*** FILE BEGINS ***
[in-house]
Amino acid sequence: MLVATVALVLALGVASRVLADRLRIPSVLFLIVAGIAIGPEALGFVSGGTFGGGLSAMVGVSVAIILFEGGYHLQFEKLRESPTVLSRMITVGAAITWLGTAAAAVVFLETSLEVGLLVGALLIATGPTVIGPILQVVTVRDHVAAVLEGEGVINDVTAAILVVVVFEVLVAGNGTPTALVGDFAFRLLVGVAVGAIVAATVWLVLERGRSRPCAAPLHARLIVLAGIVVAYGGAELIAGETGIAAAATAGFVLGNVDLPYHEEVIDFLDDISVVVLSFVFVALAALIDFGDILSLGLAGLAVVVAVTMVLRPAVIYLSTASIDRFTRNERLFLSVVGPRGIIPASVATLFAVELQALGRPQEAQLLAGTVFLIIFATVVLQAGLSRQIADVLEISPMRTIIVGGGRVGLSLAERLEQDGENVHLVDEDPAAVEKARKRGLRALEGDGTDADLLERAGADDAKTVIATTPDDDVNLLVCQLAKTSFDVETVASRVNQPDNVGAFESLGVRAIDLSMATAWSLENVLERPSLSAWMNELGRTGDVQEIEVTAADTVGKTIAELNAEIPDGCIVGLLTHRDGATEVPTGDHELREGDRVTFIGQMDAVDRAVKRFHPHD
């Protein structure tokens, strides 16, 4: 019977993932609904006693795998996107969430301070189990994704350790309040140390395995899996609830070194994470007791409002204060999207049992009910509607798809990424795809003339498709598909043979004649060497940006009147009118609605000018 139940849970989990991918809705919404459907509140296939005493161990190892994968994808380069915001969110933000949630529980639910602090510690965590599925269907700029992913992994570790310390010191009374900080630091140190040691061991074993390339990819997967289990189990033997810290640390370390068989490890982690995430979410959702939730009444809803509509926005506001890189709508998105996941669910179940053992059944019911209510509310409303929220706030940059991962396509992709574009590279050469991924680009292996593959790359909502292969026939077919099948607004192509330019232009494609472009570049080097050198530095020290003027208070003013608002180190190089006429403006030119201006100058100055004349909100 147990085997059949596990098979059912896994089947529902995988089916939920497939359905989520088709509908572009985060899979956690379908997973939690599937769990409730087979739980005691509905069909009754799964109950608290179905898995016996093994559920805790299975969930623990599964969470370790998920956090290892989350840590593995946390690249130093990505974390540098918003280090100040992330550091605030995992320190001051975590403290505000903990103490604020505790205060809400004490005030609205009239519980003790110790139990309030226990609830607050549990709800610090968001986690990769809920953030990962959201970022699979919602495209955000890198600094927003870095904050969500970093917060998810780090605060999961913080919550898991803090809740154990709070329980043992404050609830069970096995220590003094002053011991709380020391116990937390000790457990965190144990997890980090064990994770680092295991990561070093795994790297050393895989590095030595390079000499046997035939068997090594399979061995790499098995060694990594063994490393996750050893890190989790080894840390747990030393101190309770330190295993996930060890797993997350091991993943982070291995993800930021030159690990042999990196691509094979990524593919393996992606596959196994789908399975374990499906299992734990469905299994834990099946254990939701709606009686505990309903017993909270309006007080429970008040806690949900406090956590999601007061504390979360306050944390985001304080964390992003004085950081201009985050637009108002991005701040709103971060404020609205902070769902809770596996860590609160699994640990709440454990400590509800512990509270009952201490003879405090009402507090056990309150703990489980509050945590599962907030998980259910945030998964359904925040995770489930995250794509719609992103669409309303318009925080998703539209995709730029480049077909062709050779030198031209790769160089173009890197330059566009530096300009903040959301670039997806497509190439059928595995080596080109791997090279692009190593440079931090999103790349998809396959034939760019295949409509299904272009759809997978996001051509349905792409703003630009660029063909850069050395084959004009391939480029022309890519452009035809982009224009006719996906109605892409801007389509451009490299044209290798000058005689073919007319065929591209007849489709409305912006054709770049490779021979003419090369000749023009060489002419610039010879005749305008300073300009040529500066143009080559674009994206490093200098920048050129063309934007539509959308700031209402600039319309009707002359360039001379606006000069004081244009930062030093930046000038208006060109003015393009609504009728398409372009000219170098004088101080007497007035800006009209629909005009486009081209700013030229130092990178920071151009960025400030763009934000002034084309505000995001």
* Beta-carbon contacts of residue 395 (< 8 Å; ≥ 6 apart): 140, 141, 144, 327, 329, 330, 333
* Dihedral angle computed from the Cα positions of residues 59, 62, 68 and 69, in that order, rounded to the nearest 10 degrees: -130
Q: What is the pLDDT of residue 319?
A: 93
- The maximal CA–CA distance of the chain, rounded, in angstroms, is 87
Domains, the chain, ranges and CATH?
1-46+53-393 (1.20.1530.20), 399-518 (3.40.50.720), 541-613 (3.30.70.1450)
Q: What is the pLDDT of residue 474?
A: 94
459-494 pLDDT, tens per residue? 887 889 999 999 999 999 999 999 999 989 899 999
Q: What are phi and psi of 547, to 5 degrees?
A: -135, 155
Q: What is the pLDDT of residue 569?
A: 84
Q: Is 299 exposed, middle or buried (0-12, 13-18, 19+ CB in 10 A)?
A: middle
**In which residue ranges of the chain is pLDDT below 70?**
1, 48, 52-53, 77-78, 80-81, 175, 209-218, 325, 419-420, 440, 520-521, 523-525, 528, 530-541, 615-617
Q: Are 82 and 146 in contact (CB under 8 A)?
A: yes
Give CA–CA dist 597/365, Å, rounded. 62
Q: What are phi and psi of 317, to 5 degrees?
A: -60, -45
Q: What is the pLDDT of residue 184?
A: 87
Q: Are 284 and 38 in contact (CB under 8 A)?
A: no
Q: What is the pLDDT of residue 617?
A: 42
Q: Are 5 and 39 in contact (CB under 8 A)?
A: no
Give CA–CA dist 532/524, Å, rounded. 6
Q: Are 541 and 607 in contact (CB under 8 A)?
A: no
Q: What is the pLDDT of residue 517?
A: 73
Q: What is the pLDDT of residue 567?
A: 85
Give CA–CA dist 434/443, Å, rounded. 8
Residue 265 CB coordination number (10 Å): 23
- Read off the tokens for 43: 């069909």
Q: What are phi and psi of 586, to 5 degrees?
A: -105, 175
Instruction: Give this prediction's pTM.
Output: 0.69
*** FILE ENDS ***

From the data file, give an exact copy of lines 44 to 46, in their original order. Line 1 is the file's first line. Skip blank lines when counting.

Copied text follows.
- Read off the tokens for 43: 């069909």
Q: What are phi and psi of 586, to 5 degrees?
A: -105, 175